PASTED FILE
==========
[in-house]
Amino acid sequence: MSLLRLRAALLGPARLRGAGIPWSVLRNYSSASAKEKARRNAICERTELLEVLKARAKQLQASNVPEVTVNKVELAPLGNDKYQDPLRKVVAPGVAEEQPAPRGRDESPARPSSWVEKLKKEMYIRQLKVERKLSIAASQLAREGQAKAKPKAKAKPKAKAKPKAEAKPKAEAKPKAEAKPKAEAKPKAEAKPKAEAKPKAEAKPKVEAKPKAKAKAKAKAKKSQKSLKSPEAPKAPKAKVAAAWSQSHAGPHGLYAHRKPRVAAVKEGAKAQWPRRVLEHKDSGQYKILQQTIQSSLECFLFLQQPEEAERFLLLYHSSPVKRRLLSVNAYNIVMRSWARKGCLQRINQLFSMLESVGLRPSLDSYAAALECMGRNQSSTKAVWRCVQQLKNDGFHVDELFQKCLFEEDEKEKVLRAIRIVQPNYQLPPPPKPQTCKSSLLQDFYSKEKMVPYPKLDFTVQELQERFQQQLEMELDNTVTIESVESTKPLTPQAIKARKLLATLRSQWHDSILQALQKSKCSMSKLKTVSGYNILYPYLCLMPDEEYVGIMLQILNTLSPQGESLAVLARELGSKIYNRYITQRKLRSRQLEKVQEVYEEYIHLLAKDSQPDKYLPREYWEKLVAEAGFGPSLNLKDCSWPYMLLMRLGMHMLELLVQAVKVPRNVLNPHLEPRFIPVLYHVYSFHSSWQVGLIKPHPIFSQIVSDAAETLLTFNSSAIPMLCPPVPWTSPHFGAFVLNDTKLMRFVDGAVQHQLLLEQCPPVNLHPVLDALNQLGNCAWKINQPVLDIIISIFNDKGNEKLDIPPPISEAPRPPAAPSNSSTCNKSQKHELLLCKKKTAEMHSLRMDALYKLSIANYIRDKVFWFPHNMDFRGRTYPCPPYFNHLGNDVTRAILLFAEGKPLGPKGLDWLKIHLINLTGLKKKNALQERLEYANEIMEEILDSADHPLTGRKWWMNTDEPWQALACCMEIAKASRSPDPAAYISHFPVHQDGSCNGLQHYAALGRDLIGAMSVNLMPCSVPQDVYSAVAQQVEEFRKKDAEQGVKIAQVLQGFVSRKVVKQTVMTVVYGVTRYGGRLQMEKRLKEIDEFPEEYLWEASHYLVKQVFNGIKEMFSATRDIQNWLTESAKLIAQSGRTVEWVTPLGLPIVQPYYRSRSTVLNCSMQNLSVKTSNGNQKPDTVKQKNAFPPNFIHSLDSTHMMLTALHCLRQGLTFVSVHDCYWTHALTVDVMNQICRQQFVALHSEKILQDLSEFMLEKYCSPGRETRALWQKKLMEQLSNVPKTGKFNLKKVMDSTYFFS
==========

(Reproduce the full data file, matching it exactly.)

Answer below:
[in-house]
Amino acid sequence: MSLLRLRAALLGPARLRGAGIPWSVLRNYSSASAKEKARRNAICERTELLEVLKARAKQLQASNVPEVTVNKVELAPLGNDKYQDPLRKVVAPGVAEEQPAPRGRDESPARPSSWVEKLKKEMYIRQLKVERKLSIAASQLAREGQAKAKPKAKAKPKAKAKPKAEAKPKAEAKPKAEAKPKAEAKPKAEAKPKAEAKPKAEAKPKVEAKPKAKAKAKAKAKKSQKSLKSPEAPKAPKAKVAAAWSQSHAGPHGLYAHRKPRVAAVKEGAKAQWPRRVLEHKDSGQYKILQQTIQSSLECFLFLQQPEEAERFLLLYHSSPVKRRLLSVNAYNIVMRSWARKGCLQRINQLFSMLESVGLRPSLDSYAAALECMGRNQSSTKAVWRCVQQLKNDGFHVDELFQKCLFEEDEKEKVLRAIRIVQPNYQLPPPPKPQTCKSSLLQDFYSKEKMVPYPKLDFTVQELQERFQQQLEMELDNTVTIESVESTKPLTPQAIKARKLLATLRSQWHDSILQALQKSKCSMSKLKTVSGYNILYPYLCLMPDEEYVGIMLQILNTLSPQGESLAVLARELGSKIYNRYITQRKLRSRQLEKVQEVYEEYIHLLAKDSQPDKYLPREYWEKLVAEAGFGPSLNLKDCSWPYMLLMRLGMHMLELLVQAVKVPRNVLNPHLEPRFIPVLYHVYSFHSSWQVGLIKPHPIFSQIVSDAAETLLTFNSSAIPMLCPPVPWTSPHFGAFVLNDTKLMRFVDGAVQHQLLLEQCPPVNLHPVLDALNQLGNCAWKINQPVLDIIISIFNDKGNEKLDIPPPISEAPRPPAAPSNSSTCNKSQKHELLLCKKKTAEMHSLRMDALYKLSIANYIRDKVFWFPHNMDFRGRTYPCPPYFNHLGNDVTRAILLFAEGKPLGPKGLDWLKIHLINLTGLKKKNALQERLEYANEIMEEILDSADHPLTGRKWWMNTDEPWQALACCMEIAKASRSPDPAAYISHFPVHQDGSCNGLQHYAALGRDLIGAMSVNLMPCSVPQDVYSAVAQQVEEFRKKDAEQGVKIAQVLQGFVSRKVVKQTVMTVVYGVTRYGGRLQMEKRLKEIDEFPEEYLWEASHYLVKQVFNGIKEMFSATRDIQNWLTESAKLIAQSGRTVEWVTPLGLPIVQPYYRSRSTVLNCSMQNLSVKTSNGNQKPDTVKQKNAFPPNFIHSLDSTHMMLTALHCLRQGLTFVSVHDCYWTHALTVDVMNQICRQQFVALHSEKILQDLSEFMLEKYCSPGRETRALWQKKLMEQLSNVPKTGKFNLKKVMDSTYFFS